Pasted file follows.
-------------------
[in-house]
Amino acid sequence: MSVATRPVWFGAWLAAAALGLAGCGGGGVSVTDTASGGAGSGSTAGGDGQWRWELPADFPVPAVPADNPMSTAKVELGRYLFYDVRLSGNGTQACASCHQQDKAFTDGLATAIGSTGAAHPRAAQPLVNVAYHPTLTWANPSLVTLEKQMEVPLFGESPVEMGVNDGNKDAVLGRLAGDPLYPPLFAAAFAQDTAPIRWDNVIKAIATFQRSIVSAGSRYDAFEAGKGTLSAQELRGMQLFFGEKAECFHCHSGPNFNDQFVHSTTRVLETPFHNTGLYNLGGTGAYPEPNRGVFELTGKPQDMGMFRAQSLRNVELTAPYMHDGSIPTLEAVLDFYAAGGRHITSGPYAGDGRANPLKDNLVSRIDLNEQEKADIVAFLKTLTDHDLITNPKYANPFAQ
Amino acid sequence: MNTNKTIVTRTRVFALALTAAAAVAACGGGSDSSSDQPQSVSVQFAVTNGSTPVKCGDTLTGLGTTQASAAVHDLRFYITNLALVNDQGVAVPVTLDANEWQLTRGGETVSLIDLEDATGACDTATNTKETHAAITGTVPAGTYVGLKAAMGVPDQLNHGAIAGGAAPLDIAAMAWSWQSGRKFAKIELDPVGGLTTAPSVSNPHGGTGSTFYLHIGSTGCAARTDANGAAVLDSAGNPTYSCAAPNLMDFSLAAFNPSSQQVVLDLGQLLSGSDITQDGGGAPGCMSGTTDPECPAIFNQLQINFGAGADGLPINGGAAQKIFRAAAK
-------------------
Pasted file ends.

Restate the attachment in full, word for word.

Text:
[in-house]
Amino acid sequence: MSVATRPVWFGAWLAAAALGLAGCGGGGVSVTDTASGGAGSGSTAGGDGQWRWELPADFPVPAVPADNPMSTAKVELGRYLFYDVRLSGNGTQACASCHQQDKAFTDGLATAIGSTGAAHPRAAQPLVNVAYHPTLTWANPSLVTLEKQMEVPLFGESPVEMGVNDGNKDAVLGRLAGDPLYPPLFAAAFAQDTAPIRWDNVIKAIATFQRSIVSAGSRYDAFEAGKGTLSAQELRGMQLFFGEKAECFHCHSGPNFNDQFVHSTTRVLETPFHNTGLYNLGGTGAYPEPNRGVFELTGKPQDMGMFRAQSLRNVELTAPYMHDGSIPTLEAVLDFYAAGGRHITSGPYAGDGRANPLKDNLVSRIDLNEQEKADIVAFLKTLTDHDLITNPKYANPFAQ
Amino acid sequence: MNTNKTIVTRTRVFALALTAAAAVAACGGGSDSSSDQPQSVSVQFAVTNGSTPVKCGDTLTGLGTTQASAAVHDLRFYITNLALVNDQGVAVPVTLDANEWQLTRGGETVSLIDLEDATGACDTATNTKETHAAITGTVPAGTYVGLKAAMGVPDQLNHGAIAGGAAPLDIAAMAWSWQSGRKFAKIELDPVGGLTTAPSVSNPHGGTGSTFYLHIGSTGCAARTDANGAAVLDSAGNPTYSCAAPNLMDFSLAAFNPSSQQVVLDLGQLLSGSDITQDGGGAPGCMSGTTDPECPAIFNQLQINFGAGADGLPINGGAAQKIFRAAAK